There are reportedly other ways for teachers who were punished to remain in the profession — such as not returning their invalidated teaching license or forging a new license. The education ministry’s planned new system will allow name searches to vet the status of licenses. Whether records of teachers’ disciplinary dismissals or criminal records should be made searchable in the system appears to still be undecided.
The education ministry should hold discussions by experts on what actions could be taken against sexual abuse and harassment at schools. Severer punishment and unified management of teaching licenses could help improve the situation. But to prevent sexual abuse by teachers, education that encourages both children and parents to file complaints about such acts is more important.
A friend of mine from France says that a big difference between that country and Japan is the gap in recognition of the “dignity of the body” — since your body is a precious thing, you must not allow somebody to easily touch it. In France, sex education starts at age 8, according to “Furansu-jin no Sei” (“Sex of French People”), a book written by Natsuki Prado. The teaching is handled by specialists from a professional organization because parents and teachers are thought not to be fit for the task. In the classrooms, the specialists teach about both sex and love.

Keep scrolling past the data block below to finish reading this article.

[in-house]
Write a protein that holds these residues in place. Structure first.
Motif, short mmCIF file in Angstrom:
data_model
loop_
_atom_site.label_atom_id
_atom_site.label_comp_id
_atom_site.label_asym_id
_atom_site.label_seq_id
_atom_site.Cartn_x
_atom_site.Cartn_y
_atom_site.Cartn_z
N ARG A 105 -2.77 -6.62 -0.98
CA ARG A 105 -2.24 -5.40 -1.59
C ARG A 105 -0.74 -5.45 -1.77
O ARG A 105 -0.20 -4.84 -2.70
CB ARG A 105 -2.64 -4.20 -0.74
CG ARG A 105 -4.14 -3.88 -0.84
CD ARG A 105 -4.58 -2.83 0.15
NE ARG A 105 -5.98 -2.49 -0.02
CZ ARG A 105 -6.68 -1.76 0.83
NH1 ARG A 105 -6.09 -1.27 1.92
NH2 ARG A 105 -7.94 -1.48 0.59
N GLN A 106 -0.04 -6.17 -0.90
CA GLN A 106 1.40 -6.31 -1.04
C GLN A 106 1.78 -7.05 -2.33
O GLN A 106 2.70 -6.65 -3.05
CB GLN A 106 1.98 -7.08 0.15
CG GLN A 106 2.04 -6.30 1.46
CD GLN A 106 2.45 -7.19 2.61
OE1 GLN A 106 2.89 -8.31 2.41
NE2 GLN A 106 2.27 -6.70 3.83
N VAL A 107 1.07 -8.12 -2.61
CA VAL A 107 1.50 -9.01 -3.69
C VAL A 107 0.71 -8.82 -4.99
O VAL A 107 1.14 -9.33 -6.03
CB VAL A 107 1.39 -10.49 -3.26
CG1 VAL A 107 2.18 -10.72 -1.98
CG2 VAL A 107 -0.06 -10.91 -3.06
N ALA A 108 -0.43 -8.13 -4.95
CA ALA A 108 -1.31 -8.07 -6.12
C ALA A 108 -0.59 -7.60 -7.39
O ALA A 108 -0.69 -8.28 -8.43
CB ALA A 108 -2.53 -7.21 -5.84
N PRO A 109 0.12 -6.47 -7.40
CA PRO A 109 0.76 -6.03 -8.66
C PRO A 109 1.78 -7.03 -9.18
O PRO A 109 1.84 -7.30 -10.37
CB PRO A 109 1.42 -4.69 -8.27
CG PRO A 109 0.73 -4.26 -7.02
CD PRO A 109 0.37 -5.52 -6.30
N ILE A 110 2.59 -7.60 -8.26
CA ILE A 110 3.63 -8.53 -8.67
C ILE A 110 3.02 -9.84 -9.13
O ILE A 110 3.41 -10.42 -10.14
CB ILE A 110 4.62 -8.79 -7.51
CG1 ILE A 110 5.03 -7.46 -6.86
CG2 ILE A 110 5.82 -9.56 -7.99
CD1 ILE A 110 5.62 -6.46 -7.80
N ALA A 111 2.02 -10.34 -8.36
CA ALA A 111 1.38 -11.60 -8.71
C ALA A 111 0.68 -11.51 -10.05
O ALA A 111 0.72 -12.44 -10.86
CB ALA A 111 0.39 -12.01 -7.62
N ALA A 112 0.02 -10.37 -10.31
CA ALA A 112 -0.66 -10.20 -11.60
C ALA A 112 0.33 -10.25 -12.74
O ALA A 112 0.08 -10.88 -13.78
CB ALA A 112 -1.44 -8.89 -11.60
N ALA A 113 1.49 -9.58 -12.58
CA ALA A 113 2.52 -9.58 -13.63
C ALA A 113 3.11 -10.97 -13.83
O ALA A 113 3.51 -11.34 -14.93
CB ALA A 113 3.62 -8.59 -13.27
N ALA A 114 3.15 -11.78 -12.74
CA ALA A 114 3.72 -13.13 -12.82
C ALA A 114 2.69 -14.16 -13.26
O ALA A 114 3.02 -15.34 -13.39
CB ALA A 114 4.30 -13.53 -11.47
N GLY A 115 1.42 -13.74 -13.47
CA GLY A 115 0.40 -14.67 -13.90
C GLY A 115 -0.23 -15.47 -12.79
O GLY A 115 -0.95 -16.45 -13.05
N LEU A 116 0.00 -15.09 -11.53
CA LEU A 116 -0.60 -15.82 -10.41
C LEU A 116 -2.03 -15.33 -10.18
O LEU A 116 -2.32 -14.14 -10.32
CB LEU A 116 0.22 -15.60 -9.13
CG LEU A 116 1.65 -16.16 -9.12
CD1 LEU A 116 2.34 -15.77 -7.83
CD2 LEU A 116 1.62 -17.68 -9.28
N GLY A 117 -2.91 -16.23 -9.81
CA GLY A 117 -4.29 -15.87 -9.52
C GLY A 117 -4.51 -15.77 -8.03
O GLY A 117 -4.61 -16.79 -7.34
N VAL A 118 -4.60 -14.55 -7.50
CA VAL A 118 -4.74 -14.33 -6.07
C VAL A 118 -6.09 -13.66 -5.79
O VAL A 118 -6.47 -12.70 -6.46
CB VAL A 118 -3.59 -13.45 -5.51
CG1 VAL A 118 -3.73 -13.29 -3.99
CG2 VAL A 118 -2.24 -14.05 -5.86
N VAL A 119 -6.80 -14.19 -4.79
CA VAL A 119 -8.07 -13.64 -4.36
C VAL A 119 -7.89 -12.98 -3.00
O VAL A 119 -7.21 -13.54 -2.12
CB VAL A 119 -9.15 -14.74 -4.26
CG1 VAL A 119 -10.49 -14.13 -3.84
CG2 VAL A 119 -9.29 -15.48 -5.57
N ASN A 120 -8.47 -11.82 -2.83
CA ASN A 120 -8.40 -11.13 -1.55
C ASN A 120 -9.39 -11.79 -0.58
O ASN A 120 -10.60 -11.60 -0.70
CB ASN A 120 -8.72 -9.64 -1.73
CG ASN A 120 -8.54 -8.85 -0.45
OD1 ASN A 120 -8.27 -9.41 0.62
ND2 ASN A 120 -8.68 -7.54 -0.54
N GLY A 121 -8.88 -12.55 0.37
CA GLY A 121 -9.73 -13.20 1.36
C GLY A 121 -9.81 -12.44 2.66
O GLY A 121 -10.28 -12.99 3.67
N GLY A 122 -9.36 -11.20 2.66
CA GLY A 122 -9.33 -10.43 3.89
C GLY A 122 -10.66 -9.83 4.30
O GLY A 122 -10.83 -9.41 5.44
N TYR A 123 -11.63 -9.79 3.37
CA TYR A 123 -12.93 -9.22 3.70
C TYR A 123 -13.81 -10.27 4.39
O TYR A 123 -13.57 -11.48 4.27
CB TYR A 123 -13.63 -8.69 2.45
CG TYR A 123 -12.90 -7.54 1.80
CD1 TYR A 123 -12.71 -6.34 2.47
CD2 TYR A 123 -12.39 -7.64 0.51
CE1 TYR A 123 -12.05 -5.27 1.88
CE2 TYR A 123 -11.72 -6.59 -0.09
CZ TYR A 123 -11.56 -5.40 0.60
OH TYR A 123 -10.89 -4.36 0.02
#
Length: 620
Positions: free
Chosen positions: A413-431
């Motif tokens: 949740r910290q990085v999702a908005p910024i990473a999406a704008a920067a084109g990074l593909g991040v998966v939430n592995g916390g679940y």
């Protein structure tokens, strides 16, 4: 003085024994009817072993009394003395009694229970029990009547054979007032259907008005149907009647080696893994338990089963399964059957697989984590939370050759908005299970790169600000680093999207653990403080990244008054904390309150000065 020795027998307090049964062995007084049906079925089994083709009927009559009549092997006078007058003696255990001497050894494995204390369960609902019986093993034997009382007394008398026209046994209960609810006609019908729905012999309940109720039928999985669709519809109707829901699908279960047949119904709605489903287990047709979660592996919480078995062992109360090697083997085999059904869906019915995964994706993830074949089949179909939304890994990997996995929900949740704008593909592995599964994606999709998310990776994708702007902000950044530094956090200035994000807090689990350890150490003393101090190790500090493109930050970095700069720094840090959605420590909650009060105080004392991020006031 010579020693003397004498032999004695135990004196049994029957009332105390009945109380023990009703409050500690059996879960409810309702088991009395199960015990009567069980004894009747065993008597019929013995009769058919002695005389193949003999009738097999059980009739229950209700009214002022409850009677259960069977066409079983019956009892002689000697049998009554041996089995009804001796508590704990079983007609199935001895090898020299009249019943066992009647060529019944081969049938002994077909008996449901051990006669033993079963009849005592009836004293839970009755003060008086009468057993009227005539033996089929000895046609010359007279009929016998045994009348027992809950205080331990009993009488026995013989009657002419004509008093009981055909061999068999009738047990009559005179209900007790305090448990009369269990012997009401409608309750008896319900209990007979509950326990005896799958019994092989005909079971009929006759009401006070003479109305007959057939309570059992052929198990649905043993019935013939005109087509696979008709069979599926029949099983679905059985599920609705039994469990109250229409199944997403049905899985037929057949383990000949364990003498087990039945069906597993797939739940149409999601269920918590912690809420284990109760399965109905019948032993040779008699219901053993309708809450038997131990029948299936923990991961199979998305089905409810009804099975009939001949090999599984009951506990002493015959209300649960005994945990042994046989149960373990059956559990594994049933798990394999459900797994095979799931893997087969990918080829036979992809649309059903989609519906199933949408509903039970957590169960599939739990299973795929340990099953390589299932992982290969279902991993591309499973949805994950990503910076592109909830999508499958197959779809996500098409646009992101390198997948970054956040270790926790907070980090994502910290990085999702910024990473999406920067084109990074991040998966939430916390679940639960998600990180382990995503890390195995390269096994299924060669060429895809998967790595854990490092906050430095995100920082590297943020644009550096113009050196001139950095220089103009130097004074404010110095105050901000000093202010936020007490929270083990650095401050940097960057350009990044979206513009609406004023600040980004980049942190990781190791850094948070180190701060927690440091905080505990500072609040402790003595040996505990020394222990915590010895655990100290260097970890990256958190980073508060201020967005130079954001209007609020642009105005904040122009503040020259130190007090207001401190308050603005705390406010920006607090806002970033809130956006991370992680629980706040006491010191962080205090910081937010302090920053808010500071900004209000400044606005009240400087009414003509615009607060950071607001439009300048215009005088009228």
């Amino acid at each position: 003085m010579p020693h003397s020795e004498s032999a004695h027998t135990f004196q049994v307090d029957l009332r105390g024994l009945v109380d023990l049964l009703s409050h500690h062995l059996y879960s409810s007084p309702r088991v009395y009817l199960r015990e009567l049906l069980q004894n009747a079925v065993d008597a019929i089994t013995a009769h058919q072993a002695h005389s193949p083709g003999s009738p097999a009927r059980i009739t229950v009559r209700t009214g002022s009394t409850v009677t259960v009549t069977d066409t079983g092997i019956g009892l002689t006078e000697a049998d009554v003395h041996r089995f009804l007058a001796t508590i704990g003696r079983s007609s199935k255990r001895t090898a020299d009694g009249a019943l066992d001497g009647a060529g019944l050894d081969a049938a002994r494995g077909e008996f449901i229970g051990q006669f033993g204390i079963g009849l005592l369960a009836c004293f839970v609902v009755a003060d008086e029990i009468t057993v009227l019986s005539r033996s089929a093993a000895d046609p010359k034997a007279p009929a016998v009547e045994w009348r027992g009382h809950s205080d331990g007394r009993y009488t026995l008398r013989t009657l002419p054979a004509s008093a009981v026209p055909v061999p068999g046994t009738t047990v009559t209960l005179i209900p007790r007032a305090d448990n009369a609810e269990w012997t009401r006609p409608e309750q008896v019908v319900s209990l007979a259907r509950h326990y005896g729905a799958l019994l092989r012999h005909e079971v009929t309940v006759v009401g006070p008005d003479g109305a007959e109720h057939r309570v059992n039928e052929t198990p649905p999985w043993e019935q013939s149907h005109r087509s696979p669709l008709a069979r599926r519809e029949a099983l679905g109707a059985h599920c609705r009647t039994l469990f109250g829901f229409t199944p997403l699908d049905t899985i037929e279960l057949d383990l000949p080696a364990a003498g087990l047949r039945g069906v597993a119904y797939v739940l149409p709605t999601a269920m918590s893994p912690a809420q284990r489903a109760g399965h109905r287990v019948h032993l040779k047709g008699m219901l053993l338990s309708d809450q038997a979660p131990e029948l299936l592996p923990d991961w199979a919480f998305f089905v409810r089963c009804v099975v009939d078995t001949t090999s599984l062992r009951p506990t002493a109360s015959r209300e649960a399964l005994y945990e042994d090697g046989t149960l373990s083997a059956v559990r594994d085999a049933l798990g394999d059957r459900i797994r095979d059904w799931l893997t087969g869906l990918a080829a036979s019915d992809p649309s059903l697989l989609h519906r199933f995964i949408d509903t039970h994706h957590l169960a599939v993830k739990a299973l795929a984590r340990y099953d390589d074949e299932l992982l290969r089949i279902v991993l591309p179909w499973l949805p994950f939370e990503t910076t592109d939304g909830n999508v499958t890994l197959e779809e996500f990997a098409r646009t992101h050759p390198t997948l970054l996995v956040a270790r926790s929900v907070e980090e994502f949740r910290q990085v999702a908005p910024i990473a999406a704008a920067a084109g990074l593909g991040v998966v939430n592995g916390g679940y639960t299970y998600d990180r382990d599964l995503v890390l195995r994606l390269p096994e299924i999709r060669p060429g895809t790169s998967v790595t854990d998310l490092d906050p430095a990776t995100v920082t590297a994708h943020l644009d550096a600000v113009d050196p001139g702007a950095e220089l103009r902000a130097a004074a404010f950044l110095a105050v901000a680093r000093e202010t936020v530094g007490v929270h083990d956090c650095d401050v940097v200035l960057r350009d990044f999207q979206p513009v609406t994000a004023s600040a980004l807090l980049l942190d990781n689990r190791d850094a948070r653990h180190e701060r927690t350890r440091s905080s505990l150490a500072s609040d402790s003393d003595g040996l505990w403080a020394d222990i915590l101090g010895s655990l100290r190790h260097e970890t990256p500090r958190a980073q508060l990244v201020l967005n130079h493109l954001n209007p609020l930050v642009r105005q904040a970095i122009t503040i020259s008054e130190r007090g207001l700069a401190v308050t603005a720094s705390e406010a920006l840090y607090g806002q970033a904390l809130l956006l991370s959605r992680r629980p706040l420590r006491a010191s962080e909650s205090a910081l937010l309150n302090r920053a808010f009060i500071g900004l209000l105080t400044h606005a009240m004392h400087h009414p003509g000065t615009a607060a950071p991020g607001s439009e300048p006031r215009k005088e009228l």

It is questionable whether in Japan such issues as the relationship between love and sex, the sex-related norms one must follow, sex with minors and sex without consent are adequately taught in schools. The first thing to do would appear to be educating the teachers themselves. There are many dedicated teachers who are doing their best. But some teachers clearly need more education on these matters.
Toko Shirakawa is a journalist and an author of books on women’s issues, including lifestyles, careers and gender equality. A visiting professor at Sagami Women’s University, she is also a member of the Cabinet Office panel on work-style reforms.